The Institute of Electrical and Electronics Engineers, or IEEE, has officially ratified the 802.11n wireless standard! This is very exciting news as it takes the spectrum out of the draft status that it was placed in since 2006. This also allows manufacturers and companies alike to create more hardware, with the assurance that it will work correctly with any and all devices that contain or support the technology. IEEE looks to publish the standard and finalize it in mid-October.
The delay came about in 2002, when Atheros and Broadcam were working on a "pre-N" technology, ultimately attempting to produce a resistance against the changing technology. The IEEE stepped in and in March of '07 decided to certify the "Draft 2.0" 802.11n, but only under the conditions that the companies would allow the devices to be upgradeable to the standard when ratified.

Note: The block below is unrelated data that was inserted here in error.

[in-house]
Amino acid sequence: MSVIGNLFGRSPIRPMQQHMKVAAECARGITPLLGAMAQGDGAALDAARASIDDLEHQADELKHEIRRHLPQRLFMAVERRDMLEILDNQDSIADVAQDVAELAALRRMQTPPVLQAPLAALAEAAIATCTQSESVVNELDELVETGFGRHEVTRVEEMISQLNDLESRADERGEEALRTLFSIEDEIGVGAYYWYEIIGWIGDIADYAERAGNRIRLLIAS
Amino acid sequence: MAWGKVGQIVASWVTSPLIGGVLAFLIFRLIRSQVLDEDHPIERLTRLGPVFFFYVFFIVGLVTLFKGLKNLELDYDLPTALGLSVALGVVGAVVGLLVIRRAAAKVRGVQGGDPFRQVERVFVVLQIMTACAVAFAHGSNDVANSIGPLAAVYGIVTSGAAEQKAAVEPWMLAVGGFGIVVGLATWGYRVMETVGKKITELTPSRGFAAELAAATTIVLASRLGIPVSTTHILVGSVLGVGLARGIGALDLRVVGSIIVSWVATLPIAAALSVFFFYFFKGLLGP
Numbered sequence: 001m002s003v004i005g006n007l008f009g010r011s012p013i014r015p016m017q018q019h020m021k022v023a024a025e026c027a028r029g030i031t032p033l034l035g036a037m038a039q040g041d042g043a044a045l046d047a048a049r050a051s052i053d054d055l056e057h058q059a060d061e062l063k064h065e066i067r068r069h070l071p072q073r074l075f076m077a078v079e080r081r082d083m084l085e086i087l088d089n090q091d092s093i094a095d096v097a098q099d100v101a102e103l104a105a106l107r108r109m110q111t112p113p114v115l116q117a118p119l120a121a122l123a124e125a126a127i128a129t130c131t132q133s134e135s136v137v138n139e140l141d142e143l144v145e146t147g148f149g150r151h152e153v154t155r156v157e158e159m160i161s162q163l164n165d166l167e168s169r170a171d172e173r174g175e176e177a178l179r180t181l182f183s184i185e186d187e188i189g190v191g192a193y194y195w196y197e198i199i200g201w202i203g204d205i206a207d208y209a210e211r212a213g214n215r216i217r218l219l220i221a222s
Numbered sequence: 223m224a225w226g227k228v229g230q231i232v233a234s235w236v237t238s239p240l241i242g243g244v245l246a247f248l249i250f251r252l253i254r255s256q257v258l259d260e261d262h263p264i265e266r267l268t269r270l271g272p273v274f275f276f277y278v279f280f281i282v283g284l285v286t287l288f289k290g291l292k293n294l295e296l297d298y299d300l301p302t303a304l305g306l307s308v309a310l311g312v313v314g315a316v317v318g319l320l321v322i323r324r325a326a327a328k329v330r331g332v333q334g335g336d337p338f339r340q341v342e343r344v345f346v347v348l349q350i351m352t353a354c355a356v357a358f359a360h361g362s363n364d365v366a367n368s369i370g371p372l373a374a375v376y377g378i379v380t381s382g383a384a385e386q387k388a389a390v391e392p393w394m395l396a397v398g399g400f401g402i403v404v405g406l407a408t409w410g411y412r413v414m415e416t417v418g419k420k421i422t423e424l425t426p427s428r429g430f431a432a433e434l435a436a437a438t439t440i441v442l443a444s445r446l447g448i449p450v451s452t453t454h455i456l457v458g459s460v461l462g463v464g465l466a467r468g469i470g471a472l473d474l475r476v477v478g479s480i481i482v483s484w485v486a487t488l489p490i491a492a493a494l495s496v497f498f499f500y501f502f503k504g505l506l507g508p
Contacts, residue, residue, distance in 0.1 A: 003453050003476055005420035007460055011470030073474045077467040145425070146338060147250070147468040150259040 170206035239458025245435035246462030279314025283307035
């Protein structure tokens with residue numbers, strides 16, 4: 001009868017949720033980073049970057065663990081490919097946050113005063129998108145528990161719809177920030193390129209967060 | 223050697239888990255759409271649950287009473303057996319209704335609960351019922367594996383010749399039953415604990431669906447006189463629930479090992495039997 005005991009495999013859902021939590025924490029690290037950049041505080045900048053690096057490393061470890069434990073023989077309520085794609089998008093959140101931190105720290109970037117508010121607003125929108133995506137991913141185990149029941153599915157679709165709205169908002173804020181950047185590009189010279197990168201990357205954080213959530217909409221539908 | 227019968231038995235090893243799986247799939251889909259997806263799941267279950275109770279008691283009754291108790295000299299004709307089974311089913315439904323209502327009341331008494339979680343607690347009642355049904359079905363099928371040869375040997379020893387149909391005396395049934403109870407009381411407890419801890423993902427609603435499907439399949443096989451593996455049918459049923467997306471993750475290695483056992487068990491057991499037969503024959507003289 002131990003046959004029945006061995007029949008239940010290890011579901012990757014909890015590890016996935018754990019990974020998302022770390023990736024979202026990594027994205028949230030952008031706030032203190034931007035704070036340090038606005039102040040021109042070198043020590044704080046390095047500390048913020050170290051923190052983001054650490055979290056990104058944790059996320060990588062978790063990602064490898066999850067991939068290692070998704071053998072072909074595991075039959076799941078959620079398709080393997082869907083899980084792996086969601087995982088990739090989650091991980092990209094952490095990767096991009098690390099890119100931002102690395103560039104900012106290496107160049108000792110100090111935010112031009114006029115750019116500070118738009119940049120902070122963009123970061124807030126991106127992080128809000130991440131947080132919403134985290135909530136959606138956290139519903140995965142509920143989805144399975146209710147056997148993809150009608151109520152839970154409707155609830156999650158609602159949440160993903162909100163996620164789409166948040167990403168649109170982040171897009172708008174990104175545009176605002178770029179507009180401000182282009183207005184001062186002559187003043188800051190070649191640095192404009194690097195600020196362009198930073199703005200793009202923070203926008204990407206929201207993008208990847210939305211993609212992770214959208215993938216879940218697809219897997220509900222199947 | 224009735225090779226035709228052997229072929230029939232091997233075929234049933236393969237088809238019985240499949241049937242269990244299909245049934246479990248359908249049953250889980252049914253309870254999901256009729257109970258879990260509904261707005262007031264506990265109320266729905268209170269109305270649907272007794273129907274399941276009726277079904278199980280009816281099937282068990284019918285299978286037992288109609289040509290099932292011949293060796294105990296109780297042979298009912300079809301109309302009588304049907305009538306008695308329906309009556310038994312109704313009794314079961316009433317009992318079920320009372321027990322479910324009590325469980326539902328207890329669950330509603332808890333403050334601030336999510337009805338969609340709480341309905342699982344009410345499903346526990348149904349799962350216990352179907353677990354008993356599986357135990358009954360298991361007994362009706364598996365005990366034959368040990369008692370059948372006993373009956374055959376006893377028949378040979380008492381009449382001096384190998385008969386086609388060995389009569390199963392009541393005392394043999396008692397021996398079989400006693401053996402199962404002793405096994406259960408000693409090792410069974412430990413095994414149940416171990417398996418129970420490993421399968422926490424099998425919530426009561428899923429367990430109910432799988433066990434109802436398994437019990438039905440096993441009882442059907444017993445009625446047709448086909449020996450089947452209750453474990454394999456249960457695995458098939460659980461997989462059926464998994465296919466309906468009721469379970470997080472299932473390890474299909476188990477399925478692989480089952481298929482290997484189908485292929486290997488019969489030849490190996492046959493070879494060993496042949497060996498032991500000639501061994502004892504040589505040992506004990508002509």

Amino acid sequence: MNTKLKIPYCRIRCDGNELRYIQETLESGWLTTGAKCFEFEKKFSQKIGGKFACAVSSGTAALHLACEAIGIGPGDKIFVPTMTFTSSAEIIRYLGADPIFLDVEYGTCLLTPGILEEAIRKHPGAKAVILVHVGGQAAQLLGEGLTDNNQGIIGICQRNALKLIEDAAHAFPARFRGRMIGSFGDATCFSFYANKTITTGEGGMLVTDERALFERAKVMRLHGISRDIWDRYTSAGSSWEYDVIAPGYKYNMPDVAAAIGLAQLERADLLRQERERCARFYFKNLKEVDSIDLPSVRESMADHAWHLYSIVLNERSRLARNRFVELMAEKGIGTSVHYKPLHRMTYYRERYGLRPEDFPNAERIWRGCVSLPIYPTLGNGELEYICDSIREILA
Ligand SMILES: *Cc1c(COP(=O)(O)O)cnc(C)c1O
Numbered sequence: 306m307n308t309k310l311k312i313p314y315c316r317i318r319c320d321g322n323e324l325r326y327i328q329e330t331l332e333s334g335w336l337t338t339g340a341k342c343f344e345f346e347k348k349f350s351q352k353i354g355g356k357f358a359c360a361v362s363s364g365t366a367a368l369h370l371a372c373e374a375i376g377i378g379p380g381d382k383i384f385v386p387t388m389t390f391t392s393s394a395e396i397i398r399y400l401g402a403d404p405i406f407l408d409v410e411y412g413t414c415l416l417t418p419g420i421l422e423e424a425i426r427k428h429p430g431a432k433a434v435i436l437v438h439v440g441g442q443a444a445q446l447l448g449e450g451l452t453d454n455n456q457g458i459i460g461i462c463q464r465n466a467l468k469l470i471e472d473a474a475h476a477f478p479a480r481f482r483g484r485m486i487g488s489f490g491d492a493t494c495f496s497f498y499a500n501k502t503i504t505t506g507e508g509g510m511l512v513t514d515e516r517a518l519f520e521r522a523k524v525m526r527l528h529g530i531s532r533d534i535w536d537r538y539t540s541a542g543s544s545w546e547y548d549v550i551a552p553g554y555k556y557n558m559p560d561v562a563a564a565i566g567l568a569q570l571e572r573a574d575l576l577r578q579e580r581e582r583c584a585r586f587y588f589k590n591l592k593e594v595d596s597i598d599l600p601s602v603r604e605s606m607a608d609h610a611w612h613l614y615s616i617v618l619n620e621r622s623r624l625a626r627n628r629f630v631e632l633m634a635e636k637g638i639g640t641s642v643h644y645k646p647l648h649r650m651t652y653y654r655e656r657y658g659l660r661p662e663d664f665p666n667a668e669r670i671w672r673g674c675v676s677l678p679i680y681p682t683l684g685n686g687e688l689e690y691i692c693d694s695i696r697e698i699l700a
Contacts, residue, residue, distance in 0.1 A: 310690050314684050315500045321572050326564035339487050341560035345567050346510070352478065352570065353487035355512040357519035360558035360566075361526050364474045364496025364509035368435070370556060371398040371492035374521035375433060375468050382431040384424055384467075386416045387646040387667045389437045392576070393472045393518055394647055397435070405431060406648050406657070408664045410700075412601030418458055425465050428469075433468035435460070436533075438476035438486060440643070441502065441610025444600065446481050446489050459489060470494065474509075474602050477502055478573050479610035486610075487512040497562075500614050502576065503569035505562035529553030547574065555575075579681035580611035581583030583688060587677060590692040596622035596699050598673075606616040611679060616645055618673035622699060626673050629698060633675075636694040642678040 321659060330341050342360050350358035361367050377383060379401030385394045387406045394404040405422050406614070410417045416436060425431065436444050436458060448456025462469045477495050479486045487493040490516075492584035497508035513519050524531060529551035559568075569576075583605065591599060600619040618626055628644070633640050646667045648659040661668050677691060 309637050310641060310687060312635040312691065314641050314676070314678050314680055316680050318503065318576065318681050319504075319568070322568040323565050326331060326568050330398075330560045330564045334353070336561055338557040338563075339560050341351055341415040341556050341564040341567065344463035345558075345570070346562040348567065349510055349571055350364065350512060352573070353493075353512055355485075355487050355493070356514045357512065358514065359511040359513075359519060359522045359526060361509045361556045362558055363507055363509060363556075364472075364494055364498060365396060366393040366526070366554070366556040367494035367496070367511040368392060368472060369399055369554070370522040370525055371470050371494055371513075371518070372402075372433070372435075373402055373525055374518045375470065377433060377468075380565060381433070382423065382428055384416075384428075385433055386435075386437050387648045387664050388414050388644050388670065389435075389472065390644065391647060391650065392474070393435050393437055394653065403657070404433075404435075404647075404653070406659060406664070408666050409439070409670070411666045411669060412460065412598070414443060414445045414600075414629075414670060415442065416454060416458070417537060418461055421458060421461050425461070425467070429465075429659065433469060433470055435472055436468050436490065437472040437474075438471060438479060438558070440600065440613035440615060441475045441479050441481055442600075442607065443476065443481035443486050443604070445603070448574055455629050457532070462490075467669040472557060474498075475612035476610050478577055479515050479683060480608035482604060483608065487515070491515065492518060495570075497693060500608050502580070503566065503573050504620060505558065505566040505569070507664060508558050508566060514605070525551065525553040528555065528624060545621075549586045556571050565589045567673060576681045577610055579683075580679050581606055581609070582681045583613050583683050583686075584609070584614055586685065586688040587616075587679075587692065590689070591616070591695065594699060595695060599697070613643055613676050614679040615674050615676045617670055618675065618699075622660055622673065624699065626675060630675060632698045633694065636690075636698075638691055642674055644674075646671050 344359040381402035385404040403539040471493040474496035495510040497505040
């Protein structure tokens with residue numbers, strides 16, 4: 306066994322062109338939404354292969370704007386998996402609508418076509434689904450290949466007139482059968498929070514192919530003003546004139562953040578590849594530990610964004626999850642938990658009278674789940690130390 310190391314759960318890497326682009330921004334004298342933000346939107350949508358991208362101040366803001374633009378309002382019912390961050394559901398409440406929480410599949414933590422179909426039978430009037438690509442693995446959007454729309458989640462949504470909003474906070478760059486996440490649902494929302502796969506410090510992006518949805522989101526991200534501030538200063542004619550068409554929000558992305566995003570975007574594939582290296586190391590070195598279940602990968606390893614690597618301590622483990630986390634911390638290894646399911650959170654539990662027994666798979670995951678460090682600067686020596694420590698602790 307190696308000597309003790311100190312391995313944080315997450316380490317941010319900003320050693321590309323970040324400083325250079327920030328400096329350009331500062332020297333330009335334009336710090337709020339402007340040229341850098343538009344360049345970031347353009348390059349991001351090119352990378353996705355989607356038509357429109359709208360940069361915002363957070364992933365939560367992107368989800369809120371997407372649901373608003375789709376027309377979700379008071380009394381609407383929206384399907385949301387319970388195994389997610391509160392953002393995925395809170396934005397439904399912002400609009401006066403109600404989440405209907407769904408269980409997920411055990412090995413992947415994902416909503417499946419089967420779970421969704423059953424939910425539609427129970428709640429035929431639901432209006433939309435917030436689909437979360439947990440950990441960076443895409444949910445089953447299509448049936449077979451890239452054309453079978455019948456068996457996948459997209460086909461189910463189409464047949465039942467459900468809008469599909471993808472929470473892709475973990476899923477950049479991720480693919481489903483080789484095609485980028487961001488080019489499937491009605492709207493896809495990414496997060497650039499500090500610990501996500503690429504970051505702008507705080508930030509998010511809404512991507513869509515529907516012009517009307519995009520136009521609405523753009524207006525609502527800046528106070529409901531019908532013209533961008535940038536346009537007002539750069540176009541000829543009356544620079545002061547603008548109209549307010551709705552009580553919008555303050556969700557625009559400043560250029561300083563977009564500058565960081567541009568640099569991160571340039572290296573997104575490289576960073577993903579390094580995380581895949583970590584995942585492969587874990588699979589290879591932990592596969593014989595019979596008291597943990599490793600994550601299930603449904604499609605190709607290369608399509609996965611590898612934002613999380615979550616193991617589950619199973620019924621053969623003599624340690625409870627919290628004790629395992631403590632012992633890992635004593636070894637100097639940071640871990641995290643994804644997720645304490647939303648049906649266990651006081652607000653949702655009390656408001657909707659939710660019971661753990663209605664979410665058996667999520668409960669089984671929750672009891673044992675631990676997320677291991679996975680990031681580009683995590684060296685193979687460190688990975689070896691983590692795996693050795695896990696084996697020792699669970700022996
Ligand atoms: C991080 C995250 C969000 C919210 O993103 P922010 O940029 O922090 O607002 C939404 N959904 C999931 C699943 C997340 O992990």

You can find wireless-N in many newer notebooks and even in some handheld and mobile devices. "N" can connect at speeds of 300Mbps (at optimal stipulations) which is six times greater than its predecessor 802.11g. The speed can be, in part, attested to the Multiple In, Multiple Out (MIMO) antenna arrangements that can sort through signal fragments and put them together as the spectrum is sent through the workspace. This not only increases speed, but also extends the range of the router and receivers.